Why did you choose this space, what did you hope to gain?
The Fora building offers a variety of options and while the physical office space we occupy is much smaller than our previous one, access to the surrounding open spaces provides a superior offer to where we were.

The space enables our team greater flexibility, the freedom to choose an environment that is the most conducive to producing great work based on their needs – spaces to collaborate and connect, to work alone for deadline-driven tasks, spaces with open light and plants for tranquillity or inspiration, even outdoor areas for sunshine and a change of scene.

The terrace at Fora Shoreditch.

Through the move we were able to review current methodologies, we left our printer behind and moved to digital ways of working, how we review creative work for example.
We set the team free with their own laptops so they could enjoy and make the most of the space – while working with digital channels like Slack so we could still stay connected. We reviewed our archive and took the material that would continue to add the greatest value to the future of the business moving forward.

How did you make the office transition, were there any pitfalls?
We moved in March 2020, within weeks lockdown happened, with a directive from the Government to work from home. We were fortunate that we had already started to embrace different ways of working that could be adapted to working from home with the least amount of disruption to the team or our clients. The Fora team was also extremely proactive and implemented safety and social distancing procedures including hand washing and sanitising stands on reception, checking everyone’s temperature remotely on entering the building and capacity restrictions in certain areas.

What's your experience been – what have been the pros and cons of shared space?
We are still navigating how to get the most out of a shared office space. Having worked from home for the best part of a year we also wanted to connect with the team about what working in the future might look like. We conducted an internal survey to get a better sense of how many days a week the team would ideally want to come into an office space, was having a regular desk still important, what were the benefits of working from home and in an office space. We wanted to make the most of our lockdown experience, to build on positives and lessons we’ve learned as a business – the goal, to create a hybrid model that can make the most of each environment for our team to let them produce the best work possible for our clients.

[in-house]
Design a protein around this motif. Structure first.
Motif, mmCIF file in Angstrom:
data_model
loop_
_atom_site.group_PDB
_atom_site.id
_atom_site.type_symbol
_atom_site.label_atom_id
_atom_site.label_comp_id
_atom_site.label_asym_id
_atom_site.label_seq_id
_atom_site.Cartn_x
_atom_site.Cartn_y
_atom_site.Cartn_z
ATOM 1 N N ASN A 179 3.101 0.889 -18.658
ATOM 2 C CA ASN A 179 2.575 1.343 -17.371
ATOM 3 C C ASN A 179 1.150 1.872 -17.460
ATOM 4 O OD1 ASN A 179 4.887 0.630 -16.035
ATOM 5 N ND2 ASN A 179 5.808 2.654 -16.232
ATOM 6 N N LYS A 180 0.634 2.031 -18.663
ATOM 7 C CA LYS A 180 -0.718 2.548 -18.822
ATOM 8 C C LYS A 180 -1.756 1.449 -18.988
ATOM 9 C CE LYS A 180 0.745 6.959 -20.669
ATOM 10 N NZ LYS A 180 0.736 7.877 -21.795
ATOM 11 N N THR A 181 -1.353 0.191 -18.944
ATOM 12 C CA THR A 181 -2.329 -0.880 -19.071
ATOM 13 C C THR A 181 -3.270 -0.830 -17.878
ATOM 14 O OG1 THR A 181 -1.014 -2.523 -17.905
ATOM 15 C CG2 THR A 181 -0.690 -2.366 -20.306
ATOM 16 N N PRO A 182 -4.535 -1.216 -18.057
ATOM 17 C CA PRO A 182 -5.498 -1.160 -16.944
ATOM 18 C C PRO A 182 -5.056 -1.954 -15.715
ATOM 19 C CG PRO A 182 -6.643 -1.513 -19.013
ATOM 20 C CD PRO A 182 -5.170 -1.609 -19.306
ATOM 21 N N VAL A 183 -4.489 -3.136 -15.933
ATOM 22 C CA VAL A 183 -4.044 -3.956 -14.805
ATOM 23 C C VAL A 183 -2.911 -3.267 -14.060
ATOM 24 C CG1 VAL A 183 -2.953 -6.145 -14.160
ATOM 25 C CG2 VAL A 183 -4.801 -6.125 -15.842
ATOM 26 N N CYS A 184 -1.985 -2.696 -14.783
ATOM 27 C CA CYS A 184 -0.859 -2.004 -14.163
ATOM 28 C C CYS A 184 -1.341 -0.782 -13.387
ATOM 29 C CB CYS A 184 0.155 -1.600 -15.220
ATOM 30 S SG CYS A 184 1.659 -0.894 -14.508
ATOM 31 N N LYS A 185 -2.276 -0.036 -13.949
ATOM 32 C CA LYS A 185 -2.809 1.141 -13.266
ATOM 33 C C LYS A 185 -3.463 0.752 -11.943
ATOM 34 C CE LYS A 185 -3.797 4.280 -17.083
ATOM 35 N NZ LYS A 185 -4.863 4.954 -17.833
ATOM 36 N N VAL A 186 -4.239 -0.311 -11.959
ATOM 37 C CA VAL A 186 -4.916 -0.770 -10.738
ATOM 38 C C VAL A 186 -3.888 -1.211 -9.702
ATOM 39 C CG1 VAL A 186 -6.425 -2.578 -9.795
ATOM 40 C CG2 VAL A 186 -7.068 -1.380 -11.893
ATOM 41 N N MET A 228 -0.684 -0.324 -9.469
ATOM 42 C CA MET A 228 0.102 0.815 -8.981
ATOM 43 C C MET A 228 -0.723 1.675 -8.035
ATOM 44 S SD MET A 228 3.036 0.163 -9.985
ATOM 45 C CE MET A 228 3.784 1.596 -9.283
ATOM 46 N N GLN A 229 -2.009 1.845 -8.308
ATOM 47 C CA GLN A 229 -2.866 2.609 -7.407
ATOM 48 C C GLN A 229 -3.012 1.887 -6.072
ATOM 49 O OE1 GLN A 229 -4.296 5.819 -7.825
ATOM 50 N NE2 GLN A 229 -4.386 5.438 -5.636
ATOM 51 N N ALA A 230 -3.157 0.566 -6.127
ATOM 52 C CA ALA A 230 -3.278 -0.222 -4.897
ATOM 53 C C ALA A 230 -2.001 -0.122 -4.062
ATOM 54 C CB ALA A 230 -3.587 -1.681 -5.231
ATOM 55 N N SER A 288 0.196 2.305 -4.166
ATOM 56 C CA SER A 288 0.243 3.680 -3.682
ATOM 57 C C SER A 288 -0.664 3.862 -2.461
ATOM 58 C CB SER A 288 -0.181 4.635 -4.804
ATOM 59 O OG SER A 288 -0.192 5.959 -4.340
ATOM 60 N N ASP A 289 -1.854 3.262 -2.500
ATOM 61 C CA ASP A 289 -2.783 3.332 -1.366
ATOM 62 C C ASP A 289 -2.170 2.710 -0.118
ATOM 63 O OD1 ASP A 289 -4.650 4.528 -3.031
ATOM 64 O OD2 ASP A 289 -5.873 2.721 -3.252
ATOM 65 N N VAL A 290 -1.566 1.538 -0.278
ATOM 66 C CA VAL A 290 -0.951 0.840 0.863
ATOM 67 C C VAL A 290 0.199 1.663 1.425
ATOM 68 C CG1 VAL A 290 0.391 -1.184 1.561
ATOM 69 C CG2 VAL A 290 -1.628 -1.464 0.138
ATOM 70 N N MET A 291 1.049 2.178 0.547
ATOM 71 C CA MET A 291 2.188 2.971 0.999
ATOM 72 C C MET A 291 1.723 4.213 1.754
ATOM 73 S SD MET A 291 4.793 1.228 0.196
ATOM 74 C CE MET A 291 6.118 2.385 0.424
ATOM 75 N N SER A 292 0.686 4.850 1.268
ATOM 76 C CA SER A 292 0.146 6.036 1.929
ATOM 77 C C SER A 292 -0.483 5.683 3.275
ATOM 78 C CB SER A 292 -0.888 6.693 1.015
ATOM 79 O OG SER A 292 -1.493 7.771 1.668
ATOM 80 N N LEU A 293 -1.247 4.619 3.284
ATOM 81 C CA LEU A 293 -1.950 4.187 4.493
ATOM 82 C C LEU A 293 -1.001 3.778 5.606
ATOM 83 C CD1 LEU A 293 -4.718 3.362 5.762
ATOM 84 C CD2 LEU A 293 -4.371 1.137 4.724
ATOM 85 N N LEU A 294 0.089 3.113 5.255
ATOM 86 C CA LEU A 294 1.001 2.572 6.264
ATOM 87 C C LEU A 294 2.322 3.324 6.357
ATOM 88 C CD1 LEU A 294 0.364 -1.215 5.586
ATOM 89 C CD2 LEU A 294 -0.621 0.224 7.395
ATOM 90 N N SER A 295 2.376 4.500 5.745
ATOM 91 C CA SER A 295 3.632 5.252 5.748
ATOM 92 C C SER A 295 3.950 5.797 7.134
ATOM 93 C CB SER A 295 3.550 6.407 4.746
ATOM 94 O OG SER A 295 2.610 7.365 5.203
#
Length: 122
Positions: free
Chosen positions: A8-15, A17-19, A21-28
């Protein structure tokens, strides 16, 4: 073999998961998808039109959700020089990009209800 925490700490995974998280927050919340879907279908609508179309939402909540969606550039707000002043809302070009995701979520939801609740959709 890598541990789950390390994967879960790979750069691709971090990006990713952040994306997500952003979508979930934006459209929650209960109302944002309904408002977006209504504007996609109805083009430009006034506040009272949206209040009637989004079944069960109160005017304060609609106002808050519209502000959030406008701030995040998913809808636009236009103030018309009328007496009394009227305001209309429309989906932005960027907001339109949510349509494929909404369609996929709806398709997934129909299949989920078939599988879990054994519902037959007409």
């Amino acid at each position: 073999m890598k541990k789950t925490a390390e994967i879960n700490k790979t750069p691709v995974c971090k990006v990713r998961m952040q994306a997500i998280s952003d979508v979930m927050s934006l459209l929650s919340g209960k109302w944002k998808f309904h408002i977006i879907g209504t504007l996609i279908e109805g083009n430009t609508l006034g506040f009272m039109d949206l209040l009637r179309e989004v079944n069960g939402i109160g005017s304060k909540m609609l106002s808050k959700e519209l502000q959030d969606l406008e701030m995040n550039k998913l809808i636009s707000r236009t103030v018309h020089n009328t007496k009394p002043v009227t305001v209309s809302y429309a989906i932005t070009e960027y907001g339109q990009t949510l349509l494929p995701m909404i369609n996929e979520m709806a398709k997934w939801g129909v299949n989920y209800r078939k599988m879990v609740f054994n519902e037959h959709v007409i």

The shared space certainly feels more like a community. A hive of people trying to grow their businesses, which seems especially important right now. We have shared office facilities – kitchens, dining spaces, breakout spaces and phone booths for quiet calls.  We are also fortunate enough to have a large terrace which runs the length of the building which means in the summer months we have the additional option of working outside, during a time where distancing remains important the ability to sit in the fresh air is a huge bonus.

We have embraced sitting next to (socially distanced) complete strangers in the communal office areas. It is actually interesting to speak to someone outside of your sector experience and get insight into how they work, it helps us to stay agile and continue to review our own approaches.